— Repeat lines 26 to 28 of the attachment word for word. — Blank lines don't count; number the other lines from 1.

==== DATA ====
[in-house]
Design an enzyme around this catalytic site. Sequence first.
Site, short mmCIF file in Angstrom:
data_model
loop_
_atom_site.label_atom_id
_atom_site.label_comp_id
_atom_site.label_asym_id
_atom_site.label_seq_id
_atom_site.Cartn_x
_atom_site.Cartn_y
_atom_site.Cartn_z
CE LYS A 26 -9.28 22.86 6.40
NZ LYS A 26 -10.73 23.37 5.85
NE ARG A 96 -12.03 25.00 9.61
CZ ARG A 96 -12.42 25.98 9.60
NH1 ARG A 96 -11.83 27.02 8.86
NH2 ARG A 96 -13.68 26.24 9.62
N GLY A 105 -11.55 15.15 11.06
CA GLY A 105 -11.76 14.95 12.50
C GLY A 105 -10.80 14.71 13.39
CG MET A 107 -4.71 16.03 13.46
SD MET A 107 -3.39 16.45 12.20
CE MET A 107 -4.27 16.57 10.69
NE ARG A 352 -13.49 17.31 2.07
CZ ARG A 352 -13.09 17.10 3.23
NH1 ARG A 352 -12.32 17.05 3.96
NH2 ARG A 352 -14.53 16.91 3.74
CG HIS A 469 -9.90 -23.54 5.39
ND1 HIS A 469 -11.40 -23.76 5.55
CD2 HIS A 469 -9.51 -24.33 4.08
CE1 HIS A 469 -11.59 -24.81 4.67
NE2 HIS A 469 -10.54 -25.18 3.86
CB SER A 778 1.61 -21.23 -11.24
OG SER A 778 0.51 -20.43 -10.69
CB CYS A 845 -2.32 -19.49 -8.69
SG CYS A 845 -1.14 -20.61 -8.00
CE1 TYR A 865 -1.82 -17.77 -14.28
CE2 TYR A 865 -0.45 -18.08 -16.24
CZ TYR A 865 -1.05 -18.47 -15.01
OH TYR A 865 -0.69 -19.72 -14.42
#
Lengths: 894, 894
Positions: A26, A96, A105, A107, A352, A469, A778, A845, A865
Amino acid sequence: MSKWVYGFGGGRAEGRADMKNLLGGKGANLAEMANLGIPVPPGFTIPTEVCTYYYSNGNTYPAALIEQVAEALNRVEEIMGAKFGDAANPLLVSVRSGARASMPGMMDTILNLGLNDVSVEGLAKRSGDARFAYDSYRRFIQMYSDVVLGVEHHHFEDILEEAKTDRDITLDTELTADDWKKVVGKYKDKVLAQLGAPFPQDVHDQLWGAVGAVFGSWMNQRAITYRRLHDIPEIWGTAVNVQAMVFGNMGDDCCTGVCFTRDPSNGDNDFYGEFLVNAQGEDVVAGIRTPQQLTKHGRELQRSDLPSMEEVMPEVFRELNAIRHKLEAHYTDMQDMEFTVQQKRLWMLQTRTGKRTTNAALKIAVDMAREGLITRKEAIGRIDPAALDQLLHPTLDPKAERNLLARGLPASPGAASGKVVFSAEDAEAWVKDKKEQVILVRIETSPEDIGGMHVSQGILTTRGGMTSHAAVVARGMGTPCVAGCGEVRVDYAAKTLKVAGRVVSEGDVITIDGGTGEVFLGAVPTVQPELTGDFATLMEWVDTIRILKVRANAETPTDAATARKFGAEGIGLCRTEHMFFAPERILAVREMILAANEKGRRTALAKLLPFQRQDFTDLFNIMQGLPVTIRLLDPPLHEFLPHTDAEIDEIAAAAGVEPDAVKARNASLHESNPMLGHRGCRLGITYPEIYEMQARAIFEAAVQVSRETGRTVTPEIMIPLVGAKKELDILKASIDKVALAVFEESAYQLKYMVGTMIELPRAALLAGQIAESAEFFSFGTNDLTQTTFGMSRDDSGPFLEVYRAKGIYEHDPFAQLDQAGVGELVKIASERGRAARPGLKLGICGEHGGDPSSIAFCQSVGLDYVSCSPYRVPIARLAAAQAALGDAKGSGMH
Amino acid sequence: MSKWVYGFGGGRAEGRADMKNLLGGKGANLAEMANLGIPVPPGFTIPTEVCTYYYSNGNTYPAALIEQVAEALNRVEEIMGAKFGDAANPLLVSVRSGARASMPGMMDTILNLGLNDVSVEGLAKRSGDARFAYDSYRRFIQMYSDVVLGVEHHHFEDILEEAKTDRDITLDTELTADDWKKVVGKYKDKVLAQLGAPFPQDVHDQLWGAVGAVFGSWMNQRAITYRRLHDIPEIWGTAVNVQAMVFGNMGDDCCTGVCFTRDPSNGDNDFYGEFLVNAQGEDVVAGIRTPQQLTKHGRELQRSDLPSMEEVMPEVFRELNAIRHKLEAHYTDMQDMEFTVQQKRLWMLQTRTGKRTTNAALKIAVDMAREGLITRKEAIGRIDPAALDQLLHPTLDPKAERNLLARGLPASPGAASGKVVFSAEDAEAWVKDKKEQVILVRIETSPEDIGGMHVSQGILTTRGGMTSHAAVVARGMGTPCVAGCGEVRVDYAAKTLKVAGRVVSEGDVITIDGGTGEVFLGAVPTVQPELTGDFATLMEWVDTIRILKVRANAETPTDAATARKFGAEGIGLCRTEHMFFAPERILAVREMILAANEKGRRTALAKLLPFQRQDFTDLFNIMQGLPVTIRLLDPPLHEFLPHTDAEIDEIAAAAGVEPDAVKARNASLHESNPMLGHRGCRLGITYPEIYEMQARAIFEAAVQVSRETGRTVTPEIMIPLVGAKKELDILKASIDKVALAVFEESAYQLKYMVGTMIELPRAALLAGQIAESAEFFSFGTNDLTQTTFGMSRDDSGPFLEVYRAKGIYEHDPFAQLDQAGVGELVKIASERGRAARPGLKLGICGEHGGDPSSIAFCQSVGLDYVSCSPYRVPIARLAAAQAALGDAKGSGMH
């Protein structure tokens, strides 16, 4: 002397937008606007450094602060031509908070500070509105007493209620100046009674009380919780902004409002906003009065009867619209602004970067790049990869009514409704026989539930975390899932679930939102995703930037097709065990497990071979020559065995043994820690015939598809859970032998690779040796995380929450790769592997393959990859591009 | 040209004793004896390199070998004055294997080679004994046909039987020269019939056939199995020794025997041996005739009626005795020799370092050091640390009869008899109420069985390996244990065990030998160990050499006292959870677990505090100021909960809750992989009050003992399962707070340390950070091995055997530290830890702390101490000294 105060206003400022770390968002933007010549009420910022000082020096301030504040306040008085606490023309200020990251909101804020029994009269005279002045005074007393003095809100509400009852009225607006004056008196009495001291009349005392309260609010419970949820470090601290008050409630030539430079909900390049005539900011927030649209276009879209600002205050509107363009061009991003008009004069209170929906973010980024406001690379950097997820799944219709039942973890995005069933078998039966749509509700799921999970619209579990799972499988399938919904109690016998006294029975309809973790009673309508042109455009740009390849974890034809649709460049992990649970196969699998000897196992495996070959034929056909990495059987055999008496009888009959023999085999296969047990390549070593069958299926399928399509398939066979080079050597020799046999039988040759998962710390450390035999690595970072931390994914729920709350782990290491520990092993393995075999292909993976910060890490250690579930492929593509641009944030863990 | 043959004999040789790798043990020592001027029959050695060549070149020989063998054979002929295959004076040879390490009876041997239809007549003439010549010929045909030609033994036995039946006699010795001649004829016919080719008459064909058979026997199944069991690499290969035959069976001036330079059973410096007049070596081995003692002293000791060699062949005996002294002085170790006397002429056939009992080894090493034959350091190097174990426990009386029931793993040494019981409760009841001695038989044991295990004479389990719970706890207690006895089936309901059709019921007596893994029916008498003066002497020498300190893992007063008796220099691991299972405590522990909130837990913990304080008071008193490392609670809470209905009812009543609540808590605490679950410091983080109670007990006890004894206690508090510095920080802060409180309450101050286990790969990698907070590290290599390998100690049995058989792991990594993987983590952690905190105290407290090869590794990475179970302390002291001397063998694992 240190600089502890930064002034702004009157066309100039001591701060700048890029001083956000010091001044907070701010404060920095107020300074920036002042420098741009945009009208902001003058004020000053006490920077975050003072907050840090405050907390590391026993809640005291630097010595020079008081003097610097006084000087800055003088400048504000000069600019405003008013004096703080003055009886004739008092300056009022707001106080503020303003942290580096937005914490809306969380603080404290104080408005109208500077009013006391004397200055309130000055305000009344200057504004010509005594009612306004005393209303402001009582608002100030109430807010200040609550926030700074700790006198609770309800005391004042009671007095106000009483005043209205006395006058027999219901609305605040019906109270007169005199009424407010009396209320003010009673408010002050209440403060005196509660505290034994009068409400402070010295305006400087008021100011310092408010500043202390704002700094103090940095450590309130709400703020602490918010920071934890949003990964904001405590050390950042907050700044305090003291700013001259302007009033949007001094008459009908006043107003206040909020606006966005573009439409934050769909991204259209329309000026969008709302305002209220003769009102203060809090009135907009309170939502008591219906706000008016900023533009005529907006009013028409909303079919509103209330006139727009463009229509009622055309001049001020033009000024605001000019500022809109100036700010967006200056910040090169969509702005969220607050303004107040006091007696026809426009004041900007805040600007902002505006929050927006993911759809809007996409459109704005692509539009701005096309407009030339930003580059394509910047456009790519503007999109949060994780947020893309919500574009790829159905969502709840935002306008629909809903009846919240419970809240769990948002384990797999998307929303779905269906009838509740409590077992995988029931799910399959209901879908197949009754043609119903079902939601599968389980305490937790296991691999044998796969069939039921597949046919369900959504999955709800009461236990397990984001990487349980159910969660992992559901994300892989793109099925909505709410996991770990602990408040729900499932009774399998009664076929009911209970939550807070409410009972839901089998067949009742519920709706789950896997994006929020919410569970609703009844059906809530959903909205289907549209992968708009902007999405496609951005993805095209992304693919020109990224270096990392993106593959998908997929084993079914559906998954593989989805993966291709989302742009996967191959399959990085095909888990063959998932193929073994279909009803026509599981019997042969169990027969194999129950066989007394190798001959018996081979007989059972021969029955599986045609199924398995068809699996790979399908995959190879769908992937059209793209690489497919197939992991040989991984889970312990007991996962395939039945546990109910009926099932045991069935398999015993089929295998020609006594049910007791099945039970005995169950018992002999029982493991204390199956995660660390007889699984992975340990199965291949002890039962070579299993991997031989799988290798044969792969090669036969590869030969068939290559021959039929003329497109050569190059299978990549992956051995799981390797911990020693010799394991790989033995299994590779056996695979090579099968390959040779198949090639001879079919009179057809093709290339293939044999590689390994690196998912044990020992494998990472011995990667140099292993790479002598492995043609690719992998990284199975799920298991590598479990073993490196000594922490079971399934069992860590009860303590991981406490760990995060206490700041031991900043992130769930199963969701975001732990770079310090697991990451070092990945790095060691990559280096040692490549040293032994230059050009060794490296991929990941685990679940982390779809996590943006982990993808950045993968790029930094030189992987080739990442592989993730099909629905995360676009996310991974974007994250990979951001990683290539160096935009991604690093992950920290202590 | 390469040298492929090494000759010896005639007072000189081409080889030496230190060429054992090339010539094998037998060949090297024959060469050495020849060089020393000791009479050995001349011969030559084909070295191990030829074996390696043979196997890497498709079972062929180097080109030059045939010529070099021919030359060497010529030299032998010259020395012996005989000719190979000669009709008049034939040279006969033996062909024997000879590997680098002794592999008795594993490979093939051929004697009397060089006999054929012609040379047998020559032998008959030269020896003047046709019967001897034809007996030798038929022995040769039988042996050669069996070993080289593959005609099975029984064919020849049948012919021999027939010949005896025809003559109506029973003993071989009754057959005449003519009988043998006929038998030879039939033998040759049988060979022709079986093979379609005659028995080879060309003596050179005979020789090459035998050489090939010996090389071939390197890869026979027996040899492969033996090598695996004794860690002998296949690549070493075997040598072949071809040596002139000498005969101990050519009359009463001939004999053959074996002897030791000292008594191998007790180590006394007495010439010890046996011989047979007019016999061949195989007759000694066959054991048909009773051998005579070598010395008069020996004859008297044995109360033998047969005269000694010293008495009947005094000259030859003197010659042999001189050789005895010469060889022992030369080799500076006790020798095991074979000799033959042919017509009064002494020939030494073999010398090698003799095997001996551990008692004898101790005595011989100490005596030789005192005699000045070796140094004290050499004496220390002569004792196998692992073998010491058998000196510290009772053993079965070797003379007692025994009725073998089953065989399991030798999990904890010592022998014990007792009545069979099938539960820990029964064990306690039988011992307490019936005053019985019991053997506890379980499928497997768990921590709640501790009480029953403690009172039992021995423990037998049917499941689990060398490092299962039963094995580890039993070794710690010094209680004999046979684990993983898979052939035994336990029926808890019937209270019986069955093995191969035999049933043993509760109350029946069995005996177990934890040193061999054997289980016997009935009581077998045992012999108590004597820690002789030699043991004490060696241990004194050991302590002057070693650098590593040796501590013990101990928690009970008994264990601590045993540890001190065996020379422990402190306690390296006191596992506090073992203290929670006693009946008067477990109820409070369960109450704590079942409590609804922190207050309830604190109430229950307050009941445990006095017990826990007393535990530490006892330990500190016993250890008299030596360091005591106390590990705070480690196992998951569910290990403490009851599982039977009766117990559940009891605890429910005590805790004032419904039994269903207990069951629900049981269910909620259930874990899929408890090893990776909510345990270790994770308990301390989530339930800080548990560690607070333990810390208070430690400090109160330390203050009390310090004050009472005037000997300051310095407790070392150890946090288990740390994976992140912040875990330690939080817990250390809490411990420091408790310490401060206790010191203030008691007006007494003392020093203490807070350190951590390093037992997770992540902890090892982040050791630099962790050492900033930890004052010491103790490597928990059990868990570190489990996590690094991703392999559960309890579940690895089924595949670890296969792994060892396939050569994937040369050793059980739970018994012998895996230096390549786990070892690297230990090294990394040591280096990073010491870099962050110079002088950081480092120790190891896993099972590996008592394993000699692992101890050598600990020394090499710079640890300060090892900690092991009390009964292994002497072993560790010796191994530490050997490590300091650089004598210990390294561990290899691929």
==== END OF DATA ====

CZ ARG A 352 -13.09 17.10 3.23
NH1 ARG A 352 -12.32 17.05 3.96
NH2 ARG A 352 -14.53 16.91 3.74